[Advaita-l] What is avidyA vR^itti as against antaHkaraNa vR^itti?

Anand Hudli anandhudli at hotmail.com
Sun Jul 26 12:40:24 CDT 2015

An attempt to answer some questions.
The difference between objective knowledge and subjective knowledge lies in
the capability of the former type of knowledge to be *directly*
(aparokSheNa) conveyed or used in dealings (vyavahAra) with people other
than the person who has this knowledge. For example, if you see a pot, you
may point it out to others, "this is a pot", and they too will have the
same direct perception of the pot. On the other hand, if you feel happy,
you cannot *directly* convey this feeling to me. There is no way for me to
*directly* feel what you are feeling. You may express your feeling with
some act, words, etc. that allows me to understand your feeling, but this
only gives me an *indirect* knowledge. Coming to illusions such as a
silver-nacre, the advaitasiddhi holds that two cognitions are involved
here. In the (erroneous) cognition, "this is silver", the "this" (idam)
part is objective, but the "silver" (rajatam) part is subjective. Why? When
a person seeing illusory silver says, "this is silver", another person in
the vicinity will certainly see some object as the first person did, but
he/she may not see the object as silver. It is possible the second person
is not affected by the illusion, and may, in fact, see the nacre, not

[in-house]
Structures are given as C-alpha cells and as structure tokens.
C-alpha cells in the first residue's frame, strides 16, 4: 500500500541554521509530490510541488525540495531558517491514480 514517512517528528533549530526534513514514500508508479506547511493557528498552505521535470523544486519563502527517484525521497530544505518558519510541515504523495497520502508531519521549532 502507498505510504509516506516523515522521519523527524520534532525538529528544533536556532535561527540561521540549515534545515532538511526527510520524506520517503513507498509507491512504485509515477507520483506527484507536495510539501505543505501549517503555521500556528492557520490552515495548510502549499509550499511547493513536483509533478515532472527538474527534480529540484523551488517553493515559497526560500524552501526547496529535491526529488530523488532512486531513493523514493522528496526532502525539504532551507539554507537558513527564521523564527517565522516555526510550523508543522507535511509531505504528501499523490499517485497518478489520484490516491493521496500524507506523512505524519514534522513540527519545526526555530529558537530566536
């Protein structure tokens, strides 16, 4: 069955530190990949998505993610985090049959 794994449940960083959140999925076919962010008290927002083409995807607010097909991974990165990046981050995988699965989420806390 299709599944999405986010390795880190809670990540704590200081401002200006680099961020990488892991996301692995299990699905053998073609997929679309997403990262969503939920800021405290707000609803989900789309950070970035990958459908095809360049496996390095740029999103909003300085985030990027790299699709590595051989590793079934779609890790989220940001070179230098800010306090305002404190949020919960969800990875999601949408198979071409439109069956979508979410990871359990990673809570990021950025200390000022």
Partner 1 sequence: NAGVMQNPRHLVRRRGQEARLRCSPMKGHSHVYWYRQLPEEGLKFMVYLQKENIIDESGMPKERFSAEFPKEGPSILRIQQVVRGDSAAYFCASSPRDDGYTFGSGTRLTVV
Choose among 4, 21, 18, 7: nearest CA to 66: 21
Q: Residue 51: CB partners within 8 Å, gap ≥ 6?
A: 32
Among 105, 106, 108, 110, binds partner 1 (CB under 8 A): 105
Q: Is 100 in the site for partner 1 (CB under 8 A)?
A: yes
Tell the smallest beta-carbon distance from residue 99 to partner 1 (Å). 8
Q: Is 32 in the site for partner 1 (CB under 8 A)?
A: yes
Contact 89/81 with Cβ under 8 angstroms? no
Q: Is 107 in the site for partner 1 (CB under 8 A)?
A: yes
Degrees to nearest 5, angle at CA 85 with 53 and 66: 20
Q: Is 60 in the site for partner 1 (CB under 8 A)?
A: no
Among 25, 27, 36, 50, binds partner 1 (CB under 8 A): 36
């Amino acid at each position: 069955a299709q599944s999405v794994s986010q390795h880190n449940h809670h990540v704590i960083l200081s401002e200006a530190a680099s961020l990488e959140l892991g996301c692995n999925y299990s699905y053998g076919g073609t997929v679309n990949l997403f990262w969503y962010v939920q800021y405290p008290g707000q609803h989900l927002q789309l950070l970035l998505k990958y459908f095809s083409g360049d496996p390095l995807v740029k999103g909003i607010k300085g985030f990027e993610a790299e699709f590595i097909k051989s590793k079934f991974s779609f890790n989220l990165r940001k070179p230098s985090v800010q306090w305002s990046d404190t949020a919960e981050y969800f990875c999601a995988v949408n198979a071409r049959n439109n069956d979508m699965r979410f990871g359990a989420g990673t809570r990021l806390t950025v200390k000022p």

silver. So the agreement between the first person and the second person is
that there is "something" out there. The knowledge of "something" is
objective and is common to both persons. However, the knowledge of "silver"
is restricted to the first person who is affected by the illusion. The
second person may have the knowledge of nacre, not silver. This is why it
is said avidyAvRtti can be prAtibhAsika or vyAvahArika.
If we look "under the hood" and try to understand what is anataHkaraNa
vRtti and what is avidyAvRtti, it is important to note that objective
knowledge, called "pramA", is gained through a pramANa (means of knowledge,
such as perception, inference, scriptures, etc), while subjective
knowledge, including the prAtibhAsika type, is not so obtained. In the case
of subjective knowledge, the witness-consciousness (sAkShicaitanya)
cognizes it without the need for antaHkaraNavRtti.  In contrast, objective
knowledge gained through a pramANa results in the modification of the
antaHkaraNa (mind), called antaHkaraNavRtti. MahamahopAdhyAya Abhyankar has
remarked in his commentary on the siddhAntabindu (dashashlokI):
apramAjnAnaM na manovRttirUpaM kiMtu avidyAvRttirUpaM sAkShyAshrayam.


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